Ask yourself this: Are you always watching your employee's screens at the office? Probably not.
Don't track your employee's activity or screens without letting them know about it first.
This deceitful approach to monitoring is damaging to the employee-manager relationship. It has been shown to impact employee trust and morale.
The more reliable alternative: track productivity with precise results and goals. Some key ideas to track productivity:
That said, if the nature of your employee's work demands some level of surveillance, follow the expert's advice, and ensure full transparency.
Mac Quartarone, an organizational psychologist, explains for Vox, that employers should give as much autonomy as possible to employees. If they chose to monitor, employers should be 100% transparent about what they are virtually monitoring, and why.
Work/life balance is a fundamental driver of employee engagement.
A Flexjobs survey showed 82% of employees say they would be more loyal to their employers if they had flexible work options.
At first, working from home seems like the perfect solution, offering flexibility and work/life balance for employees.
Recent research and insights from the largest "work from home experiment," have stepped in to challenge this assumption.
In short, working from home is a major catch-22. The arrangement seemingly allows flexibility in scheduling, but the flexibility is a liability, pressuring employees to remain "plugged in."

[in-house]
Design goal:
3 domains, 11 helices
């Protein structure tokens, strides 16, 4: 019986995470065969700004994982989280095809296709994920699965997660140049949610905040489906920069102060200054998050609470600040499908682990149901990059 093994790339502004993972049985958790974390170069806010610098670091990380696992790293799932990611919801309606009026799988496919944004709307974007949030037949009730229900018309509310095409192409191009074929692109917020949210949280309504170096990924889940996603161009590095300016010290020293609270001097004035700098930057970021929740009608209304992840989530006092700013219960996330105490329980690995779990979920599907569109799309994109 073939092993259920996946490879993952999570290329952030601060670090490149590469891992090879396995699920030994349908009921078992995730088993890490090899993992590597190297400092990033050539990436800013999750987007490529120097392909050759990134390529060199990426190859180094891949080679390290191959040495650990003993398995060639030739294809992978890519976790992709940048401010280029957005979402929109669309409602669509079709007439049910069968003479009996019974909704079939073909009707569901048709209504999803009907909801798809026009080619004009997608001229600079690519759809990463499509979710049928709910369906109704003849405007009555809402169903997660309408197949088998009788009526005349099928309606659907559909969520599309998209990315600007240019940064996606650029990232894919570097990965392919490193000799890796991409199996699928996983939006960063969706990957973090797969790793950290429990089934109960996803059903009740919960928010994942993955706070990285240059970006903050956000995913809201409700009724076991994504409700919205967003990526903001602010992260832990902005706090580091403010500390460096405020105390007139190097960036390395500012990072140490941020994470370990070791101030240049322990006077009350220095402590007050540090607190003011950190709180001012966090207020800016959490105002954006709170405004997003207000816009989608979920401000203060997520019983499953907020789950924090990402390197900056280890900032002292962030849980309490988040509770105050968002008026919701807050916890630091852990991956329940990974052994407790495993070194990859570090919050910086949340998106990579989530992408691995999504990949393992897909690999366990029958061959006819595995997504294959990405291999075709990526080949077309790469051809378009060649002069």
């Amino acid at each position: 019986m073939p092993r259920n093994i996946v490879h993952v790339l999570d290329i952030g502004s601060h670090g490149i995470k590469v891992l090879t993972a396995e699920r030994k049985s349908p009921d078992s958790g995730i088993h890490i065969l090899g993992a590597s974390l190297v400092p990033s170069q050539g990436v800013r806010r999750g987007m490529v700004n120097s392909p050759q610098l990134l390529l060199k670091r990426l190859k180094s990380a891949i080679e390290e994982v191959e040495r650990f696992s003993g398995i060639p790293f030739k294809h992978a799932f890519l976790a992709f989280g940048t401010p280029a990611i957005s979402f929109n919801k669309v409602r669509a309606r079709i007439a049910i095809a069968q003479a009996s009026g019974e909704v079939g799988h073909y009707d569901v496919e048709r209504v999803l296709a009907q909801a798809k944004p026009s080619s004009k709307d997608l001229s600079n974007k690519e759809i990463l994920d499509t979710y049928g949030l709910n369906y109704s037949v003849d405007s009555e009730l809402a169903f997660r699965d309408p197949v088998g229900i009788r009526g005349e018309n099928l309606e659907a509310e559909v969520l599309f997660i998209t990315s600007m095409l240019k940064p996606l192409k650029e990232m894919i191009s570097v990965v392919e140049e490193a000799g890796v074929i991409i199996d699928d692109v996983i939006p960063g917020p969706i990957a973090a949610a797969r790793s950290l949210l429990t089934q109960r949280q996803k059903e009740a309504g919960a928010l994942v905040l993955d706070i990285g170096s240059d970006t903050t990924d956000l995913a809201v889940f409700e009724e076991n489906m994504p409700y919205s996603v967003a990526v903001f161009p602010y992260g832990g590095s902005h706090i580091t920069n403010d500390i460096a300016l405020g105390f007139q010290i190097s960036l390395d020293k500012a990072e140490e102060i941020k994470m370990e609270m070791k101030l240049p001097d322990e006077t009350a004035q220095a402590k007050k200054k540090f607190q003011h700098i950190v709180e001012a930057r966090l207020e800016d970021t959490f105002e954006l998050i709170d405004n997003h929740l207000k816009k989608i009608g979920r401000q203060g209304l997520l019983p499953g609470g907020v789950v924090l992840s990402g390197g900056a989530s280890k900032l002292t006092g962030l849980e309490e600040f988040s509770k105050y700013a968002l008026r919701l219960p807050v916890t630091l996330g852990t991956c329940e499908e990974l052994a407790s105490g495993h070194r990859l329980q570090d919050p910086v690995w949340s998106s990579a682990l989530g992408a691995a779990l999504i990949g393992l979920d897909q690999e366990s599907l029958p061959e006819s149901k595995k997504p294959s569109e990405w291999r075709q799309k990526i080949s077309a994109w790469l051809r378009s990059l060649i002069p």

According to Buffer's State of Remote Work Report, the top challenge for employees working from home is "unplugging after work."
A Bloomberg report supports these claims by recently stating, "America's always-on work culture has reached new heights."
The report showcases an employee survey and found that a month into the pandemic, "about 45% of workers said they were burned out" after working from home!
Don't expect employees to be continuously connected.
Promote and encourage work/life balance even while teams work from home. This means setting healthy boundaries for communication and response times.
For example, don't expect employees to respond to messages and emails at 10 pm. For the employees that are constantly plugged in, don't punish them for it, but don't publicly praise them either. Celebrating employees who are always plugged in sets an unhealthy expectation and pressure for everyone else. People with families or those caring for sick loved ones simply can't meet the same standards. If they are otherwise doing a good job, they shouldn't feel bad about setting healthy work/life boundaries.
Keeping employee motivation and engagement high while teams work from home is a challenge. Fundamental values and initiatives can help build strong and connected working relationships.
Work/life balance, transparency, praise and recognition, are a few examples of the key drivers of engagement. This is true when employees are in the office. But also true when employees are working from home.
Please don’t assume that because employees are in their home office that managers can neglect these important work truths.
The remote work environment demands a strong foundation of trust and respect to thrive and grow. It’s never been more important to promote these core values in your workplace. New digital solutions, apps, and software can help make your virtual workplace become a reality.
Michelle is the lead content writer at Applauz. She has a Psychology background and loves to read and write about human happiness, motivation and decision-making. She loves scary movies and cooking classic Italian food.